Rival architectures like ARM and MIPS have their benefits on power consumption, but the total cost of ownership needs to be considered before comparing architectures, said Jim McGregor, chief technology strategist at In-Stat.

Having the most power-efficient architecture doesn't do any good unless companies are willing to invest in software development, which is usually much more costly.

"There are and will always be applications that can justify new architectures for power or performance reasons, but they come with a high price tag for the software support and the risk of being locked-in to a sole source architecture," McGregor said.

With Intel's Xeon, there is almost unlimited software support and low total cost of ownership. There is also an alternate chip company in AMD, which is competitive in both price and performance, McGregor said.

But large customers deploying thousands of servers have their own source code are software support is a lesser concern, Tilera's Doud said. The savings experienced over four to five years matter more, and recompiling code is not that "big a deal," Doud said.

Common Linux applications, such as the Apache web server, MySQL database and Memcached caching software have already been ported for use on Tilera's chips. The Tilera architecture supports more than 2,000 Linux packages, and is working on building software support.

"We get no pushback at all," Doud said. "We have all the key libraries."

Join the newsletter!

Error: Please check your email address.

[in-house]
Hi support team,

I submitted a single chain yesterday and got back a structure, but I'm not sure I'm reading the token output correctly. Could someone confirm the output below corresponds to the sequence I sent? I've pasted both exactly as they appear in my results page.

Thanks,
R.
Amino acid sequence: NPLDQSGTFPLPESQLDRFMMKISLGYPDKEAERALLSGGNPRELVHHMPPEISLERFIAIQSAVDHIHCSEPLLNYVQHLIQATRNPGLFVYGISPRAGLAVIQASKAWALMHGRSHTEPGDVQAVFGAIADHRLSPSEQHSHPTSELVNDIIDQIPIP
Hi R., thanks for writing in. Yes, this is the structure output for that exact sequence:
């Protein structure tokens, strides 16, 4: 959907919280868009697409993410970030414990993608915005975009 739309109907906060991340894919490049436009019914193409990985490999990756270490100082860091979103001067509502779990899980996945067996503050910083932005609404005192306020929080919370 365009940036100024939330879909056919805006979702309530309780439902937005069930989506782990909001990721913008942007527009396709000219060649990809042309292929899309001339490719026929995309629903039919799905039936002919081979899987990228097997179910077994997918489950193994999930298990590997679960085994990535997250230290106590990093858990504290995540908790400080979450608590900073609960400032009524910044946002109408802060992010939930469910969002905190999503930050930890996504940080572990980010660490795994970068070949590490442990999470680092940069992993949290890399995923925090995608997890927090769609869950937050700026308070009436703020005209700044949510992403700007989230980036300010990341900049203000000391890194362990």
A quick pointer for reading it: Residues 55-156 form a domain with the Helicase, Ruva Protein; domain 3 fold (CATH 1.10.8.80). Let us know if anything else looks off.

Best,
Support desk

Rocket to Success - Your 10 Tips for Smarter ERP System Selection
Keep up with the latest tech news, reviews and previews by subscribing to the Good Gear Guide newsletter.

Agam Shah

IDG News Service
Show Comments


James Cook University - Master of Data Science Online Course

Learn more >


Victorinox Werks Professional Executive 17 Laptop Case

Learn more >



Back To Business Guide

Click for more ›

Most Popular Reviews

Latest Articles


PCW Evaluation Team

Louise Coady

Brother MFC-L9570CDW Multifunction Printer

The printer was convenient, produced clear and vibrant images and was very easy to use

Edwina Hargreaves

WD My Cloud Home

I would recommend this device for families and small businesses who want one safe place to store all their important digital content and a way to easily share it with friends, family, business partners, or customers.

Walid Mikhael

Brother QL-820NWB Professional Label Printer

It’s easy to set up, it’s compact and quiet when printing and to top if off, the print quality is excellent. This is hands down the best printer I’ve used for printing labels.

Ben Ramsden

Sharp PN-40TC1 Huddle Board

Brainstorming, innovation, problem solving, and negotiation have all become much more productive and valuable if people can easily collaborate in real time with minimal friction.

Sarah Ieroianni

Brother QL-820NWB Professional Label Printer

The print quality also does not disappoint, it’s clear, bold, doesn’t smudge and the text is perfectly sized.

Ratchada Dunn

Sharp PN-40TC1 Huddle Board

The Huddle Board’s built in program; Sharp Touch Viewing software allows us to easily manipulate and edit our documents (jpegs and PDFs) all at the same time on the dashboard.

Featured Content

Product Launch Showcase

Latest Jobs

Don’t have an account? Sign up here

Don't have an account? Sign up now

Forgot password?